Read more: McDonald's introduces curbside ordering and delivery for truck drivers

Lunch is served

The hardships truck drivers face when their food options dwindle made headlines all over the country when restaurants and even rest stops closed their doors to slow the spread of COVID-19.

Taco Bell has also created a drive-thru experience for truck drivers. The fast food chain served free meals to drivers at their corporate headquarters.

Read more: Lunch is served

App helps drivers file paperwork while social distancing

An app, BasicBlock, is allowing truckers to stay safe, practice social distancing as recommended by the CDC,  and file their paperwork over the phone.

Social distancing is a term that describes measures taken to prevent the spread of contagious disease, like COVID-19, by maintaining physical distance between people and reducing the number of times people come into close contact with each other.

Read more: App helps drivers file paperwork while social distancing

Tyson establishes task force & bonuses for frontline workers

Tyson Foods is also investigating ways to keep their drivers safe and make their difficult jobs a little bit easier by launching a task force. The company also announced approximately $60 million in bonuses to 116,000 frontline workers, including truck drivers, who are serving during the COVID-19.

All eligible employees will receive a $500 bonus in addition to other company-announced efforts to support workers, plant communities and livestock producers during the global pandemic.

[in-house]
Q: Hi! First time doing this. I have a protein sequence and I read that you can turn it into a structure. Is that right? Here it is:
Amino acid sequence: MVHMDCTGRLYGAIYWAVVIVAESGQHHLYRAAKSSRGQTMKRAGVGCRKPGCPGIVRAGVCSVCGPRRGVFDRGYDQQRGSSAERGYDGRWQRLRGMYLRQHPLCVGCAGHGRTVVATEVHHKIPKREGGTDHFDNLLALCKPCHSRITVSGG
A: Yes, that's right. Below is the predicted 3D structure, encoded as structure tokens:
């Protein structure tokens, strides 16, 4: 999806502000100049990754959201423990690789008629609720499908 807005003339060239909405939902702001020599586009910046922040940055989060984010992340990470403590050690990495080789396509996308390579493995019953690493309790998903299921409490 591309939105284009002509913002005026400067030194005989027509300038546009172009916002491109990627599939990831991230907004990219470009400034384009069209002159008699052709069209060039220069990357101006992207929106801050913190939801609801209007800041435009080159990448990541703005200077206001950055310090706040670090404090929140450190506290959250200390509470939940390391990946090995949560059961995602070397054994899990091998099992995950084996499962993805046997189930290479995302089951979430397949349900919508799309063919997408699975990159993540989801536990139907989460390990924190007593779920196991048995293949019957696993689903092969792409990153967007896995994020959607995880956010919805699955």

Read more: Tyson establishes task force & bonuses for frontline workers

BMO, big trucking industry lender, launches hardship program

BMO Harris Bank, one of the largest lenders to the trucking industry, introduced a financial relief program for those impacted by COVID-19.  

Relief for small businesses and customers may include payment deferrals on credit cards, mortgages, home equity, auto, personal and small business loans for up to three months; fee waivers for checking and savings accounts; and removing some penalties. The bank has also paused foreclosure and repossession actions for consumers with COVID-19 related circumstances. 

Read more: BMO, big trucking industry lender, launches hardship program

Trucking calendar changes

Preventing the spread of new dangerous virus has uprooted the plans of almost everyone on Earth. All of the events we would normally gather for (birthdays, holy days, big games, graduations, memorials, concerts, ceremonies) are being re-examined as possible vectors for illness. Arkansas Trucking Association has had to look at its own calendar and pivot to accommodate current guidance about gatherings.

ATA’s Annual Business Conference & Vendor Showcase has been rescheduled for August 17-18 in Roger, Ark. The event was originally set to take place on May 5-7, but the new dates will allow time to observe social distancing guidelines and pivot to a speaker and topic lineup that addresses the changing realities of what's next for navigating the rebounding of our economy as well as safety, shifting regulations, technology and politics.

Read more: Trucking calendar changes

Contact Us

Arkansas Trucking Association
PO Box 3476 (72203)
1401 West Capitol Ave.
Suite 185
Little Rock, AR 72201

(501) 372-3462 | Phone
(501) 376-1810 | Fax

Our Mission

  • PROTECT the collective interests of trucking companies in the political and regulatory arenas.
  • PROMOTE the dynamics of trucking so that people have a better understanding of the link between America's primary freight delivery system and the standard of living they enjoy.
  • SERVE our members to help them to grow their business and their profits
You are here: Home News